By F. Luis Casasus, General Superior of idente missionaries
Commentary on the Sunday Gospel of 11-8-2019, Nineteenth Sunday in Ordinary Time (Book of Wisdom 18:3.6-9; Letter to the Hebrews 11:1-2.8-19; Saint Luke 12:32-48)
Many of you probably know the following story about the young St. Aloysius Gonzaga. One day when he was playing ball, someone jokingly asked: Aloysius, if God called you to Himself tonight, what would you do right now? Aloysius calmly answered: I would continue playing ball.
A conclusion we can draw from this episode of his life is that it is always possible to do anything in the name of God.
Whether it is a small daily matter or a high responsibility to society, in God we should and we can complete them all. They are all works that help us prepare to meet God, they all are missions.
In fact, this is one of the teachings of the first Parable we hear today in the Gospel:
A noble man went to a wedding party and left home his servants. They know that the master will come back, but they do not know the time; they only know that it is necessary to be ready to welcome him. What is the lesson for us all?
It is easy to come to the conclusion that one has to be prepared to welcome God at the end of life. Of course, unexpected death can happen and we have to be prepared. Who could deny it? But Jesus is subtler.
It is true that God meets man at the end of life. However, if we observe well, death does not always behave like a thief. It typically announces its coming; it is preceded by very specific signs: old age, sickness, pain, decay.
The sudden coming of God is another story. They are comings that take us by surprise like that of a thief. They are those in which he comes not to steal, but to save, to invite us to welcome the Kingdom of God.
The image of the thief has an undeniable intimidating tone. The aim is to warn of the danger of losing our current opportunity for salvation that never arises again. Remember that one of the meanings of salvation is immediate union with Christ and His mission.
Vigilance is equivalent to the constant availability of service. A true disciple does not have free moments in which he can withdraw into himself in the pursuit of self-interest, times in which he is not ready to help those who need his help. The disciple is always on duty.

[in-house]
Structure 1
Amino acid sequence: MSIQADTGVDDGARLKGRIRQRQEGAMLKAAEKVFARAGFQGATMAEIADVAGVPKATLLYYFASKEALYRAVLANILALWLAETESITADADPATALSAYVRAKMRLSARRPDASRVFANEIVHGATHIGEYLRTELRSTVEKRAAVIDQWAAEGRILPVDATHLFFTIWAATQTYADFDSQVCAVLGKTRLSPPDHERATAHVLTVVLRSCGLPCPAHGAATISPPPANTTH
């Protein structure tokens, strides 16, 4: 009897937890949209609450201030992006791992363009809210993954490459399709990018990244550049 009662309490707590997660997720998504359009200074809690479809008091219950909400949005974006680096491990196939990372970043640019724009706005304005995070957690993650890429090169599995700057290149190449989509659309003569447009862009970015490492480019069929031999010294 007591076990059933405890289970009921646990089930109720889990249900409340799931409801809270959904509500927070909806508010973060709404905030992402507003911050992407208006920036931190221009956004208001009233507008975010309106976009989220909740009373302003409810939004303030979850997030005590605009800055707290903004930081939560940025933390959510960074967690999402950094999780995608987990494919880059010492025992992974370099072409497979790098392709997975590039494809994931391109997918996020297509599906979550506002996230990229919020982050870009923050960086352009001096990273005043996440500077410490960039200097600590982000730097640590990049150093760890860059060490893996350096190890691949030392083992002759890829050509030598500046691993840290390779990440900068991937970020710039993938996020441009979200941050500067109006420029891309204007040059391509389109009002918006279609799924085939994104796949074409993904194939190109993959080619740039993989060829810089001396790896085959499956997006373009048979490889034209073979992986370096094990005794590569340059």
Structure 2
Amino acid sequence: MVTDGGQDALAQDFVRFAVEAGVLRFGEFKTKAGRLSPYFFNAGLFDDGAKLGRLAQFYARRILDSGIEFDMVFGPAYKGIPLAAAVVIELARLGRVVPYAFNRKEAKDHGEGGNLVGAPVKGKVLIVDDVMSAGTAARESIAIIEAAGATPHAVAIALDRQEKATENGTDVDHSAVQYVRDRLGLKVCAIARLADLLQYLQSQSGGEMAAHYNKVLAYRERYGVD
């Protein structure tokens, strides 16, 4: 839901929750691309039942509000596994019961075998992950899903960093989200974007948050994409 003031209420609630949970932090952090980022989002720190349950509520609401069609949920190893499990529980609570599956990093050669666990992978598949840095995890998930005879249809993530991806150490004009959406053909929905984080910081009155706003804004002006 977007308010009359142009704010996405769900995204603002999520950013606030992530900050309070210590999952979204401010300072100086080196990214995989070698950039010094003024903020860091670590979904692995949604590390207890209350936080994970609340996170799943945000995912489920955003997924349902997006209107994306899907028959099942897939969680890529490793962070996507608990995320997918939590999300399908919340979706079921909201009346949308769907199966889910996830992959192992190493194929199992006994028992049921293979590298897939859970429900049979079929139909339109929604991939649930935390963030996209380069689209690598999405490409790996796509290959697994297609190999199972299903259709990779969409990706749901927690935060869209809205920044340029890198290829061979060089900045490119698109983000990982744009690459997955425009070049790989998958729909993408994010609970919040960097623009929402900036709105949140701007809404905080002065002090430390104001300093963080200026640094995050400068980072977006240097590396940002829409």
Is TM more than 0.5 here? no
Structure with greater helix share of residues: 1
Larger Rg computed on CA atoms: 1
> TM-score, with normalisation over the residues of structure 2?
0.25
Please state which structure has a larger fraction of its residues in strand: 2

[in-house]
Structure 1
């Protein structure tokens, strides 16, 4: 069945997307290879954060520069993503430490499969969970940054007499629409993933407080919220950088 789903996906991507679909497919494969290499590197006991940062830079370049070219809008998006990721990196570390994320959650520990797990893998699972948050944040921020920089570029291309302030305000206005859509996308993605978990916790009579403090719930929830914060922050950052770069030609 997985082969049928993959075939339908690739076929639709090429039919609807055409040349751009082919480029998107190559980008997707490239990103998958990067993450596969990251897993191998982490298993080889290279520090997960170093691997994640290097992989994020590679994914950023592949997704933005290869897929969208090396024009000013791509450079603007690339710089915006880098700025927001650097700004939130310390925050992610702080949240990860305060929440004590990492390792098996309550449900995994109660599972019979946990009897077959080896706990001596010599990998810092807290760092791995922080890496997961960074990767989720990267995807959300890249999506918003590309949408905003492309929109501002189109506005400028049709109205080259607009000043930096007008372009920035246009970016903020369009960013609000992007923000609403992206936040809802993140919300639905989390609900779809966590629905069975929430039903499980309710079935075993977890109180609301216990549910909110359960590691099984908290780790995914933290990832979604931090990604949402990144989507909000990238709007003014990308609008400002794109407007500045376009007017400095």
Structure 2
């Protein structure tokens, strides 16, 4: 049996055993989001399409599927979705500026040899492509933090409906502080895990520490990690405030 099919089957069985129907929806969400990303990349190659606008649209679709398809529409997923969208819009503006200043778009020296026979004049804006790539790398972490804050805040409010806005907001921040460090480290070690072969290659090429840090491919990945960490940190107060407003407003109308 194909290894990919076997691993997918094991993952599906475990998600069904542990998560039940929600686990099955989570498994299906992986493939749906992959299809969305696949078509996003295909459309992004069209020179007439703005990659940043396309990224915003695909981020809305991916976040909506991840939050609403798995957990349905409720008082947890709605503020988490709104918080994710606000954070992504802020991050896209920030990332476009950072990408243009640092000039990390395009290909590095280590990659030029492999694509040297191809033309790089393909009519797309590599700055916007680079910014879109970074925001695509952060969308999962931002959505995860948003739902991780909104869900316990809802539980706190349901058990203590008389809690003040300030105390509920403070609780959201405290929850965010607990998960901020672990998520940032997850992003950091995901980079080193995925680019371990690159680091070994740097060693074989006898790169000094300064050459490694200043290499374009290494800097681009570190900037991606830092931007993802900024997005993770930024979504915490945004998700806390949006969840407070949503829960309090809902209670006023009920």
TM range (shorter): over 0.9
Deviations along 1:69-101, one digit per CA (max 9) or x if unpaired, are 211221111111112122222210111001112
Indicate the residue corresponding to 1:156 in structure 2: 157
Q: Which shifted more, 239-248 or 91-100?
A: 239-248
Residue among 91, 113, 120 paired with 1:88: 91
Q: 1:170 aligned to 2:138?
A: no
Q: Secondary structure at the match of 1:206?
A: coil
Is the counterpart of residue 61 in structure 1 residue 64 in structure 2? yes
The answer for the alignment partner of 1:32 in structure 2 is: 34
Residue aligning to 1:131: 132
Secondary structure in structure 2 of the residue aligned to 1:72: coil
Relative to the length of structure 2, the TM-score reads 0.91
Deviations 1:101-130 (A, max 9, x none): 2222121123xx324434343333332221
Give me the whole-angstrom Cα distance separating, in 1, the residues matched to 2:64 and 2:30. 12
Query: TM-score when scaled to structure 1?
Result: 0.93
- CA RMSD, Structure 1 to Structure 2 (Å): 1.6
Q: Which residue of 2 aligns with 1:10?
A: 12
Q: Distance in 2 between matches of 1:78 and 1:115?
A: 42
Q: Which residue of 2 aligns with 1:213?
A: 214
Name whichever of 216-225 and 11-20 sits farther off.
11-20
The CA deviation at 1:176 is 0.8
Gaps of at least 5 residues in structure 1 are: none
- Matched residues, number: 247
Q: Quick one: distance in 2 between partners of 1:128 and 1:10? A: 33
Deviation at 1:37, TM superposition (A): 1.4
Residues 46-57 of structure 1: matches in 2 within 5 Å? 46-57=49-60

Two images describe the vigilant disciple: to gird his loins for action and to keep the lamp burning. The wise steward does not turn off the light, he acknowledges his need of God’s guidance and inspiration and, at the same time, anyone who needs him knows that he is always available.
The parable ends saying that the master of the house will make the faithful steward sit at table, this is the promise of bliss reserved for those who already are part of the kingdom of God, the divine response in the form of new missions, new gestures of trust.
* Sometimes we are able to choose from a wide variety of possibilities, not just between doing good or bad things, but between different possible good actions: With whom should I be now? Is it better now to listen to this person or to give him an advice? How can I help this young person to live his generosity?
The problem is NOT that we resemble Buridan’s ass, who died from hunger and thirst after being unable to choose between two equally good options (a bucket of water and a bundle of hay) equally distant from it. The true difficulty is that we use only our poor reason and our limited experience to make decisions about our service. Thus, most of times, we do not come to Christ to find out His opinion; we forget that we are stewards of the gifts we received, and our generosity becomes void of meaning, purpose and direction.